0 Comments · Wednesday, October 22, 2014
Under the sponsorship
of the Historical and Philosophical Society of Ohio (now the Cincinnati
Historical Society), George S. Rosenthal took roughly 3,600 photographs of West End
0 Comments · Wednesday, October 15, 2014
Vivian Maier is the art world’s current
mystery artist du jour.
Cincinnati’s FotoFocus Biennial widens its scope as a top recurring photography event
0 Comments · Wednesday, October 1, 2014
Just by adding the word “Biennial” to its official name for 2014, FotoFocus
— which occurs this month in some 50 venues throughout Greater
Cincinnati — is aiming to raise its importance and artistic
by Steven Rosen
14 days ago
Posted In: Visual Art
at 09:16 AM | Permalink
Since they’re not playing at a multiplex, or even an indie theater like the Esquire, you might easily overlook some of the best films in town right now. They’re in FotoFocus’ Screenings program, curated by its artistic director Kevin Moore and showing at Lightborne Studio, 212 E. 14th St. in Over-the-Rhine 11 a.m.-8 p.m. today through Sunday.
This is basically a program of shorts presented in a comfortably spacious room (usually a studio) fitted with big sofas. But two hour-long (approximately) films are continuously alternating in a smaller second room, also decked out with sofas. The one I saw on Thursday, Rainer Ganahl’s 2013 El Mundo – A Classical Music Concert, was a transfixing achievement both film and music. It’s really worth seeking out.
The filmed, staged concert takes place in a Spanish Harlem discount store going out of business – everything is drastically on sale and looks picked-over, as if waiting for a dumpster to clear it out. Previously, the building was a theater and you can see traces of its former-life ornamentation. The heat must have been turned off for this event. The concertgoers Ganahl has brought to the place are dressed warmly – one woman looks ready to explore the Arctic at intermission.
In the middle of this stuff there is a grand piano. There, during the course of the film, two pianists play – one an accompanist and another a sublime soloist. There is also a young violinist (Rachel Koblyakov) and two operatic singers. The most spectacular presence is the older diva Ok-Cha Lim, wearing the reddest possible formal dress with a red wrap around her shoulders and wrists. She dramatically sings arias from Madame Butterfly and Tosca.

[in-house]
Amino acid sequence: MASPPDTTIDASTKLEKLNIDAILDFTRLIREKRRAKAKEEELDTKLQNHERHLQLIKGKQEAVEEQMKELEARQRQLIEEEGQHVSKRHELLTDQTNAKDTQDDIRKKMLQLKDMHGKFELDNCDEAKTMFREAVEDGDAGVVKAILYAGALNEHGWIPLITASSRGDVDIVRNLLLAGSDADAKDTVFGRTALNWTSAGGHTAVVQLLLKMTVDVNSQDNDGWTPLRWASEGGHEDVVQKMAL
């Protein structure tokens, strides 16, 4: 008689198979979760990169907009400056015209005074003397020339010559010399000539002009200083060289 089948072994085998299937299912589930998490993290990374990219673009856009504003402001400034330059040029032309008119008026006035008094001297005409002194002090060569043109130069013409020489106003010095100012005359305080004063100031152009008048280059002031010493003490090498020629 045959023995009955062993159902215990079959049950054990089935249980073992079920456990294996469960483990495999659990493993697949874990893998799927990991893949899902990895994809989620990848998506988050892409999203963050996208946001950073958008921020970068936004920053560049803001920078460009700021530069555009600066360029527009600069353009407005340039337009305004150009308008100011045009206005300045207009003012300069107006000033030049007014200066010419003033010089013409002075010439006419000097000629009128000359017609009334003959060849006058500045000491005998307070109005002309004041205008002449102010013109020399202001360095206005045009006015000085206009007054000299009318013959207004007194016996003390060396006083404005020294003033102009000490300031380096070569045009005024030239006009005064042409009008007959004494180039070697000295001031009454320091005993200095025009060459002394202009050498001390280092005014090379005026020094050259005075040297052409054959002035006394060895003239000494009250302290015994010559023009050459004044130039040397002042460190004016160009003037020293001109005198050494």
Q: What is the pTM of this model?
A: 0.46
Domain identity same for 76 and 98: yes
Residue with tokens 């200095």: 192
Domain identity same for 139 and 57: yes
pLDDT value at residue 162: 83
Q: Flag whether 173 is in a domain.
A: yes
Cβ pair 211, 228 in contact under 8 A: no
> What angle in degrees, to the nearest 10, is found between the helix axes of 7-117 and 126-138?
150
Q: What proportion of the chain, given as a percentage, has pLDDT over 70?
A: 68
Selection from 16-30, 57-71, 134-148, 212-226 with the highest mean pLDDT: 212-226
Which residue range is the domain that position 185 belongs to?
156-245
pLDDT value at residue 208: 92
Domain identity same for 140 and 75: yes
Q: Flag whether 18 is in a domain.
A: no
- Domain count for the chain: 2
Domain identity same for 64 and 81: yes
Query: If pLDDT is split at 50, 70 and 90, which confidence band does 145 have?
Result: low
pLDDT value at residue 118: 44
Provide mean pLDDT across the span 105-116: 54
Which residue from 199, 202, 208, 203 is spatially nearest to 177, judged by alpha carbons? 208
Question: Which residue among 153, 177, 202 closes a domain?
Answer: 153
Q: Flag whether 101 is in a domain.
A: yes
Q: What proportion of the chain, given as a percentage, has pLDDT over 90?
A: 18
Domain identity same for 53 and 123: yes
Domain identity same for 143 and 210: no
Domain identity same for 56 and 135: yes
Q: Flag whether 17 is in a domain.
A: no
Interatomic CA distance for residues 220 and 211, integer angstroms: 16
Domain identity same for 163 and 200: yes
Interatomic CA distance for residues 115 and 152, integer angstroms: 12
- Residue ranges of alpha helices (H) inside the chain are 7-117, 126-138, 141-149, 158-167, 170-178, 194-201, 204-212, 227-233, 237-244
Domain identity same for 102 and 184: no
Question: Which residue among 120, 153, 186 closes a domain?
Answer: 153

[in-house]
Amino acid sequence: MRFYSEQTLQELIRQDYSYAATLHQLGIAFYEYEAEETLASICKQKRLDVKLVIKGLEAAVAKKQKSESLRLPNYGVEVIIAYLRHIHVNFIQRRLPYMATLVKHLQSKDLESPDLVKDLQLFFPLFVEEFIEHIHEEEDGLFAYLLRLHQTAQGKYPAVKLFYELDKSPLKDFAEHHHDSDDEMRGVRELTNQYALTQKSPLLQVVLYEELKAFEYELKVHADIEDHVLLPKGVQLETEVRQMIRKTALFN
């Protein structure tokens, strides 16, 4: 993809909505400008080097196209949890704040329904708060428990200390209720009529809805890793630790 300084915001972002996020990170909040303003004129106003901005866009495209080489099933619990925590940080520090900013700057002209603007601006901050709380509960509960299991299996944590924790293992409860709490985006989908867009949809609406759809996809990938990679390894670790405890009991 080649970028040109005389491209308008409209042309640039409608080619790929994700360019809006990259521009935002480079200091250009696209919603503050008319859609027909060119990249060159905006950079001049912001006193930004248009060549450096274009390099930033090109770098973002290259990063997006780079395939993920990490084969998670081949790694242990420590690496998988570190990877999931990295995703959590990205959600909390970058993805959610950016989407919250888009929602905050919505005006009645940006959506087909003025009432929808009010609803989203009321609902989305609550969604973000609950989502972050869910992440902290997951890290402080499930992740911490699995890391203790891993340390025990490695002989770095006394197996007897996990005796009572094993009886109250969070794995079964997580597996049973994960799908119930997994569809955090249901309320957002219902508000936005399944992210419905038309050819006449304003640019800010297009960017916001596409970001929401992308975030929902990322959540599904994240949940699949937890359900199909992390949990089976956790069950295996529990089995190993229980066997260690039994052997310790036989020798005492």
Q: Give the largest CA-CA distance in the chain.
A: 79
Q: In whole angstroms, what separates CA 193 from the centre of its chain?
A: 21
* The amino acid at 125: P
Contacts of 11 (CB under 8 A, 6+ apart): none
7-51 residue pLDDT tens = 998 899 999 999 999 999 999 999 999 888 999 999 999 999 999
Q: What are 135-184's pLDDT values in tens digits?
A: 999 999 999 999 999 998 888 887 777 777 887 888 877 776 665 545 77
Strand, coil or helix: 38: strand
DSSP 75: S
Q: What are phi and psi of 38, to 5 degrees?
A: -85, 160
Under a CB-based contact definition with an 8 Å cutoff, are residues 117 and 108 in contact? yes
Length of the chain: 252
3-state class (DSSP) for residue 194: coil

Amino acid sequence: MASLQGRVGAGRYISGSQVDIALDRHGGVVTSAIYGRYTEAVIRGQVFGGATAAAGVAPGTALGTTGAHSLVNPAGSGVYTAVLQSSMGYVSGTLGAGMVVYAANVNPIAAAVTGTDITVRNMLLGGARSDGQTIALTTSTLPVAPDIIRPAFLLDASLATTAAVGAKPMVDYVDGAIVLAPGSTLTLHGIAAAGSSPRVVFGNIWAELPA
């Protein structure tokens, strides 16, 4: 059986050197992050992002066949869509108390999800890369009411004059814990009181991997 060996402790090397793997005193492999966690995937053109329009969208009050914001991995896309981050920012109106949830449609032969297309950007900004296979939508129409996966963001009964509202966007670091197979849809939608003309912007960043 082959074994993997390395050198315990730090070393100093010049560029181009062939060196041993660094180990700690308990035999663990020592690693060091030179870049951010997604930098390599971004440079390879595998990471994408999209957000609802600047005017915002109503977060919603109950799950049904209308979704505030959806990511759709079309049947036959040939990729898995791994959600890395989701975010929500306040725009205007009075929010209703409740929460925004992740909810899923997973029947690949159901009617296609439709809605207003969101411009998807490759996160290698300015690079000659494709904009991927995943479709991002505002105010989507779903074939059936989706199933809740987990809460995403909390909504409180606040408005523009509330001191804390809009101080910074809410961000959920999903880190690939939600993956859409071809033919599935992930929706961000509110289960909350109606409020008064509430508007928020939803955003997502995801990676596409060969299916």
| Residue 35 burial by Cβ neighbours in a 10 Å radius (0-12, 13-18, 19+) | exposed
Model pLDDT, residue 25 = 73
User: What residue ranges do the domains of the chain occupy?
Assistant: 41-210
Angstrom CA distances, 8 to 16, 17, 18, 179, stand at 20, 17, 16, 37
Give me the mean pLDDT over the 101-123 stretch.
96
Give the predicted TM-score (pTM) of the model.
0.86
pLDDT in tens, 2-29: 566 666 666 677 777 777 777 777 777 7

The film is split-screen, so you watch the performers do their pieces on one side while another camera wanders around the crowd and the store itself, stopping to inspect the goods. It’s an intimate enough space you can see the crew moving in and out of the frames. You can’t help but think about how, on one hand, capitalism churns out so much disposable stuff while on the other hand art produces timeless beauty. Or, how art can enrich any environment.
For more information, visit www.fotofocusbiennial.org.
The iconic John Waters brings his monologue — and more — to FotoFocus
0 Comments · Wednesday, October 8, 2014
It’s at first a bit perplexing why the FotoFocus Biennial booked John Waters to perform his This Filthy World comedic monologue at Memorial Hall on Saturday night.
0 Comments · Wednesday, June 4, 2014
At a luncheon/press conference Thursday
in New York, the FotoFocus Biennial will announce details of its 2014
activities in Cincinnati for this year’s Oct. 8-Nov. 1 run.